There’s a sad thing that’s limiting our growth as programmers. We (programmers) don’t invest in ourselves like other professions. The business person will happily spend $3,000 to attend a class to improve a part of their business. The marketing person will spend $3,000 to attend a class to improve their marketing and sales copy. A programmer, on the other hand, will spend hours on YouTube watching free videos, buying a book, or worry about spending $100 on an online course, but won’t spend $3,000 to attend a class to improve their skills.
That’s the general statement of the problem. Let’s talk about the long term effects. The business person goes on to become a VP and CxO. The marketing people move up to become CMO (Chief Marketing Officer) or VP Marketing or Director of Marketing. The programmers stay at about the same level. They might get an occasional promotion, but their growth is heavily constrained.
After training thousands of students at hundreds of companies, that’s the difference that stands out the most. Developers may say they invest in themselves, but they don’t invest in themselves the way their coworkers do. Their training budget is substantially less than others’.
Developers seem to expect their companies to train them. That sort of mindset gets developers into trouble. I’ve trained at the companies where training happens on a rare occasion. Those developers are far behind on the latest technology trends and have a much lower probability of success on the project. The class changes from teaching the technology or topic into a catch up session.
I’ve had the unfortunate experience to train teams who are being laid off or doing a reorganization during the training. It’s a sad thing to see happening, but I always give the same speech. A company can fire you or move you around, but they can’t take your knowledge or skill away from you. I tell them to focus on the training even more, because those skills will get them their next job. You are your best and most valuable asset. Treat yourself as such.
Let me tell you a secret about myself. When I was first starting out, I was incredibly cheap with my investments in myself. I would only buy books for my training and improvement. I improved, but nowhere near what I could have done. My growth was an occasional promotion.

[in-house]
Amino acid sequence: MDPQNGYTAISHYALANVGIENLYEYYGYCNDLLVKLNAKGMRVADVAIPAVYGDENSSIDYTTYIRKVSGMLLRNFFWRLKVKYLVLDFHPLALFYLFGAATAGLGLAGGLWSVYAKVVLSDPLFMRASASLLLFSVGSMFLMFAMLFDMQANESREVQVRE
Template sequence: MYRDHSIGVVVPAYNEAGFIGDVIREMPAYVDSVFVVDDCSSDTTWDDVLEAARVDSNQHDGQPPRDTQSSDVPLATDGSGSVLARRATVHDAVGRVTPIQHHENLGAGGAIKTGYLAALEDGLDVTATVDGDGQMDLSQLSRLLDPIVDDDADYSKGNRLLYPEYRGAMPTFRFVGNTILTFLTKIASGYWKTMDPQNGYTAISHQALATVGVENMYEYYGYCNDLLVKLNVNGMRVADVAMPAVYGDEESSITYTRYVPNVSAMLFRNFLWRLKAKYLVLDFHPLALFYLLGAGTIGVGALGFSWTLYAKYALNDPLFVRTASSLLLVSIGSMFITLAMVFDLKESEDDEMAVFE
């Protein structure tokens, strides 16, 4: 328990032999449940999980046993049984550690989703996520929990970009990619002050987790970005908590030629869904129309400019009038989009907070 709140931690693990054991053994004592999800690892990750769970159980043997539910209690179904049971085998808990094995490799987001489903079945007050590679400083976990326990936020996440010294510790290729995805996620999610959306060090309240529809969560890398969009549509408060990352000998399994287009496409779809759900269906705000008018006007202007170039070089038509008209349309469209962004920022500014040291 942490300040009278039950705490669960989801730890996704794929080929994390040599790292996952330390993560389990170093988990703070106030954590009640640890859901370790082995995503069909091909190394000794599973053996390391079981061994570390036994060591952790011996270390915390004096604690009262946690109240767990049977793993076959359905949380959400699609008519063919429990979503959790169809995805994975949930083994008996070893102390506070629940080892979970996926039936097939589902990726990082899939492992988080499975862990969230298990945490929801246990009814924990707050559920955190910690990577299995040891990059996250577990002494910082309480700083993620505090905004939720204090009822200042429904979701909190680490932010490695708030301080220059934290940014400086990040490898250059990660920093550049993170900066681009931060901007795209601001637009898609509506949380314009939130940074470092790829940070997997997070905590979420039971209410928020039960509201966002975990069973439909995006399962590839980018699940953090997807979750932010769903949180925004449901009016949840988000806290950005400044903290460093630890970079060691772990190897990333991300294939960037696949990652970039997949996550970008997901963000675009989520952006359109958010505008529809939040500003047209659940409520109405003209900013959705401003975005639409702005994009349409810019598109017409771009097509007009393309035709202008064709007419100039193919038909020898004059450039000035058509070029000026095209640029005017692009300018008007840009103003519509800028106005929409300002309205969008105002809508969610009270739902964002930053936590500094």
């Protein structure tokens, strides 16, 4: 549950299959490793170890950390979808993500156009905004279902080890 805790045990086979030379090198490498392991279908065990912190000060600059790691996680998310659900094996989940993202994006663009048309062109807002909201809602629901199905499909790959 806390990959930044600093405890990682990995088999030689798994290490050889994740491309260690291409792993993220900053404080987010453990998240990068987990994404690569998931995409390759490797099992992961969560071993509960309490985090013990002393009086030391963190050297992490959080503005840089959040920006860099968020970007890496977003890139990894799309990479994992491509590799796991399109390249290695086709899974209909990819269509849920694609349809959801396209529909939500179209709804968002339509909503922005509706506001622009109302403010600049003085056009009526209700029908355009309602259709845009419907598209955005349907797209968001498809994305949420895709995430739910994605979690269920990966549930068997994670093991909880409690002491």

I finally figured out that I wasn’t investing enough in myself. I started realizing that you get what you pay for when it comes to training and learning. There’s a reason that a class is $3,000 versus $100. There’s a tangible difference in the quality, but more importantly, there’s a massive difference in outcomes. The $3,000 class or course was an investment that gave me a 10x or 20x return. The $40 book will get maybe a 2x or 3x return.
So far, I’ve spent $17,000 out of my own pocket on training and courses. Those courses have been everything from technical, to business, to marketing courses. That might sound like a lot of your own money to spend on training. That’s how developers think about spending money and not how business and marketing people think about spending money. We see it as an investment that continues to pay off.
When I see that I’ve spent $17,000 on training and courses, I think about the value I received and created. Those classes have given me returns of 10x to 100x. That’s translated into hundreds of thousands of dollars in revenue for me. Remember how I talked about nothing being able to take away our newly acquired skills? Those returns of 100x are just the beginning. The value over my lifetime will be even greater.
It wasn’t until I started seeing training and courses as investments with high returns that I really started to grow. It’s really been a night and day difference in my life and career. I’ve grown from commodity enterprise engineer “A” to a brand within Big Data. Those major financial and business changes were only possible after I started really investing in myself.
You might be thinking about how much you spent (and owe) from college or university. Your technical education is a depreciating asset. You can only grow by continuing to invest in yourself and growing outside your comfort zone.
I challenge you to take an honest look at your out of pocket training budget or lack thereof. Next, I want you to think about that as an investment in yourself and what returns you could get. For example, my students who’ve went through my Big Data courses get $20,000 to $60,000 raises. Next, I want you to think about how that raise only represents a single year and not the lifetime value of that course. That’s where an investment of several thousand dollars becomes a return of more than a hundred thousand dollars.
Changing how much and your expectations about how you invest in yourself will be life-changing mindset change.